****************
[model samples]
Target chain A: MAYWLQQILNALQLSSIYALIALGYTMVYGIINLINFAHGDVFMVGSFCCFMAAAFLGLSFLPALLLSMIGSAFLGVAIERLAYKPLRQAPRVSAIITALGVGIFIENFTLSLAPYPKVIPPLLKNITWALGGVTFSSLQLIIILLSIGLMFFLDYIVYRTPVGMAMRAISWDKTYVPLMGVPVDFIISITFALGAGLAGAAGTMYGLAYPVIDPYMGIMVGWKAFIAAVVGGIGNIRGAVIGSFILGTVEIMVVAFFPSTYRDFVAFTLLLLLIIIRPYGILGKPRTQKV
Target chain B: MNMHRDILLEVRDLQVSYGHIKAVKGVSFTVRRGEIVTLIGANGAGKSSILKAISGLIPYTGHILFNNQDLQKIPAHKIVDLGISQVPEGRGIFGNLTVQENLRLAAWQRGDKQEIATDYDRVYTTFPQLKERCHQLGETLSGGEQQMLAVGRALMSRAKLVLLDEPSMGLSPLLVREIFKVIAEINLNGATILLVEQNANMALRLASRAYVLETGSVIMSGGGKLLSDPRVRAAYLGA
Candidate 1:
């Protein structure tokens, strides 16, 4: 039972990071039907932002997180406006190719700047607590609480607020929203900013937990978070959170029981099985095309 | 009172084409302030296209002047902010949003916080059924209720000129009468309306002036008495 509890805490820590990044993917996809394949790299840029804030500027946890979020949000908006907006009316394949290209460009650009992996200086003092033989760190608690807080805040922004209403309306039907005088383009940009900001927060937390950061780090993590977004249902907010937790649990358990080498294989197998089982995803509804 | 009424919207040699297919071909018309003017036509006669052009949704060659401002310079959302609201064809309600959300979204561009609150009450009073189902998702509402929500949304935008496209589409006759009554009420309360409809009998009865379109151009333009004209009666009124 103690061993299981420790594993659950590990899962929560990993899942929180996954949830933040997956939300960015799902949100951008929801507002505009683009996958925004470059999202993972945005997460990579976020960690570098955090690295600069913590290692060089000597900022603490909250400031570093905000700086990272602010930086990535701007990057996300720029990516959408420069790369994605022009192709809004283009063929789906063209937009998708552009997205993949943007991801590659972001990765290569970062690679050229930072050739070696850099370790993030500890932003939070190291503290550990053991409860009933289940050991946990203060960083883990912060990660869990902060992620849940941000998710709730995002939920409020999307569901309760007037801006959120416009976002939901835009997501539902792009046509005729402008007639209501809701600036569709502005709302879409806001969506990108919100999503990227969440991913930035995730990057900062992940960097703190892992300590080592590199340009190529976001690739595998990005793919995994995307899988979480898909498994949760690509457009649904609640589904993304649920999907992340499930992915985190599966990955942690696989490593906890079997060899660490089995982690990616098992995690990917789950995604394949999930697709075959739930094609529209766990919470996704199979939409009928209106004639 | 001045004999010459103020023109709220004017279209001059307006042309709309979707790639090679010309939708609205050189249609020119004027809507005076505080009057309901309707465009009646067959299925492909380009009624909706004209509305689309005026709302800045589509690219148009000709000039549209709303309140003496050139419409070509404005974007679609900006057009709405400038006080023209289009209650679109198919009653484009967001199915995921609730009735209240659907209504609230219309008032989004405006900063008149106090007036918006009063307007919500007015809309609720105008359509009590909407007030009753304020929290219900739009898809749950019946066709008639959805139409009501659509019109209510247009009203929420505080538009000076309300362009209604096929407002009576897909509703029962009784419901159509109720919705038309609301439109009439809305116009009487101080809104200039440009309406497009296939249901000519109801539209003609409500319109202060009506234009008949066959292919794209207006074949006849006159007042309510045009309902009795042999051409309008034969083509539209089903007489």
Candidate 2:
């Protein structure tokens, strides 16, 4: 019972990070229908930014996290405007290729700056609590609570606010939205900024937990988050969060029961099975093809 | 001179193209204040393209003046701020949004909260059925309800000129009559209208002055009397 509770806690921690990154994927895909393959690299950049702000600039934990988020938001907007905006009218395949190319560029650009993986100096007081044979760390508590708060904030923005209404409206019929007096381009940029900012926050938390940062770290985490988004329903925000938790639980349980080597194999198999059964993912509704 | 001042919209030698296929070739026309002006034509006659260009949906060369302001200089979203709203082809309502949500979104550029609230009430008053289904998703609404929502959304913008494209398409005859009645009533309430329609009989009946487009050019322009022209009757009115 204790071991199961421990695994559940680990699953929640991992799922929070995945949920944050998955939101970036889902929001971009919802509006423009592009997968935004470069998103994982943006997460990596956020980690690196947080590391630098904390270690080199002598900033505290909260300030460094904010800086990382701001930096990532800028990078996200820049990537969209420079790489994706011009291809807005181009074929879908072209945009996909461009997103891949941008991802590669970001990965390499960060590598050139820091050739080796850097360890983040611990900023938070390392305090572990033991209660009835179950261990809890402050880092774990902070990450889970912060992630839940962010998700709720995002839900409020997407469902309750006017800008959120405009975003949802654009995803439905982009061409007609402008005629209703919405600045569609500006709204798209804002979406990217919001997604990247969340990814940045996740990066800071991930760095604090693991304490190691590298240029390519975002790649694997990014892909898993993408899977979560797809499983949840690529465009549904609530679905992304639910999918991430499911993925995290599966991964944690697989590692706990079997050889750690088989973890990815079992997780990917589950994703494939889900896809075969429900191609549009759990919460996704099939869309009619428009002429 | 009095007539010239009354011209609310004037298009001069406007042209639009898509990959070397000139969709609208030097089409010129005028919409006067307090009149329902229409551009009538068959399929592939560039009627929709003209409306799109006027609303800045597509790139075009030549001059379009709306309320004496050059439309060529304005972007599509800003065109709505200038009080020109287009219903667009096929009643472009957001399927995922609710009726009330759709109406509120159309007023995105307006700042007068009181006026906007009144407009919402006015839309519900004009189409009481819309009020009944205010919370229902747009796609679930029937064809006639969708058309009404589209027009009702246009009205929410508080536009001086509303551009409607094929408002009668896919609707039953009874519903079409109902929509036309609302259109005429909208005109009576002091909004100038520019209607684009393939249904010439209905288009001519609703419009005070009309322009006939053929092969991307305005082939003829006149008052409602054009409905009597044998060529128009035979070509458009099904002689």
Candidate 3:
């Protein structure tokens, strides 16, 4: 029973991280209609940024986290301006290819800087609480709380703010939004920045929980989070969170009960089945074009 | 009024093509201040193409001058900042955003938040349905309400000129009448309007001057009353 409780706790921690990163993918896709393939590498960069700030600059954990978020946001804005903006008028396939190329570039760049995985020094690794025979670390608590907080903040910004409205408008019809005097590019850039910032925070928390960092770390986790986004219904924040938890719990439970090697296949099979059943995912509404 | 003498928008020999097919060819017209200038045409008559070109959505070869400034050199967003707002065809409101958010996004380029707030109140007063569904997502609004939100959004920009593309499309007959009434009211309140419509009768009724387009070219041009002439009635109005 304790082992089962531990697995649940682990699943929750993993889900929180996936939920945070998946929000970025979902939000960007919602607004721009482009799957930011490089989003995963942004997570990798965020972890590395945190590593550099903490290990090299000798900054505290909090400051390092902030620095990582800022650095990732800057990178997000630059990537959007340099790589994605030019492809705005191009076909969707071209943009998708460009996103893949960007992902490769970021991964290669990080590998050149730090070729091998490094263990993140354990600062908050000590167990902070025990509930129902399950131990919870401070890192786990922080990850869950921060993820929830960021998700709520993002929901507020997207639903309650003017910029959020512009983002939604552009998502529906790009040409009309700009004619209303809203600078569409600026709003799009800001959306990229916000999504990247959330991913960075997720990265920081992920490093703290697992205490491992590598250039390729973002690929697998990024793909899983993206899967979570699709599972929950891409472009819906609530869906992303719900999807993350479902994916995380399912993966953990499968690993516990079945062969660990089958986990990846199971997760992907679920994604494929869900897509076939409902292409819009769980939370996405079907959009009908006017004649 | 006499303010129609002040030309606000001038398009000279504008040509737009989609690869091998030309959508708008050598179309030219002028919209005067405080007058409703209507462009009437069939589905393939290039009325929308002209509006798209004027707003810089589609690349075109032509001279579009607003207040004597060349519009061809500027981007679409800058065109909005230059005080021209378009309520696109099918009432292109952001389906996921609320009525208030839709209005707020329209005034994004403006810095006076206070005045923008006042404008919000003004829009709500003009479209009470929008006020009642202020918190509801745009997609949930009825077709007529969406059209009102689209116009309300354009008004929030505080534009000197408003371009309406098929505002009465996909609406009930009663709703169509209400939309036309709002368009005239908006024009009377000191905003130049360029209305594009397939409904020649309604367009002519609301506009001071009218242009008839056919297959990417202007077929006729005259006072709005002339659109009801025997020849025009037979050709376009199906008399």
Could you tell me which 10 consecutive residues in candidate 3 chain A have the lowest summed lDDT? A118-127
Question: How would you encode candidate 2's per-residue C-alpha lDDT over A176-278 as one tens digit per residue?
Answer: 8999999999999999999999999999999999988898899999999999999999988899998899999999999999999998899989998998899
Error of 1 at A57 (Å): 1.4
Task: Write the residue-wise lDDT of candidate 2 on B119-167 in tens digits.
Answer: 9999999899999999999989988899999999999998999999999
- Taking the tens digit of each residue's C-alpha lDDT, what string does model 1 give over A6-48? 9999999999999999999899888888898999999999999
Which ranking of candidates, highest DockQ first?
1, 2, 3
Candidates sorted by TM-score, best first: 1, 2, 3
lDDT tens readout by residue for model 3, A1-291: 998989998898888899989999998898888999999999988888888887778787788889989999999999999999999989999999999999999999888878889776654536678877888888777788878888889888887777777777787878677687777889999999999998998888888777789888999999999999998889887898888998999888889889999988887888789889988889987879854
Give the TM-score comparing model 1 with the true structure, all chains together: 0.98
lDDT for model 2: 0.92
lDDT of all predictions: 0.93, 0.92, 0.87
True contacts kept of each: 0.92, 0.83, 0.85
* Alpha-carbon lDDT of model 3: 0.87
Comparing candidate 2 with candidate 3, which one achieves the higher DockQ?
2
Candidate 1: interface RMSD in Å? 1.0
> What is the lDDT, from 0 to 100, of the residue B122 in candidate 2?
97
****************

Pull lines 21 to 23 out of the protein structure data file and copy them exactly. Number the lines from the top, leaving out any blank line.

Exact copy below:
Give the TM-score comparing model 1 with the true structure, all chains together: 0.98
lDDT for model 2: 0.92
lDDT of all predictions: 0.93, 0.92, 0.87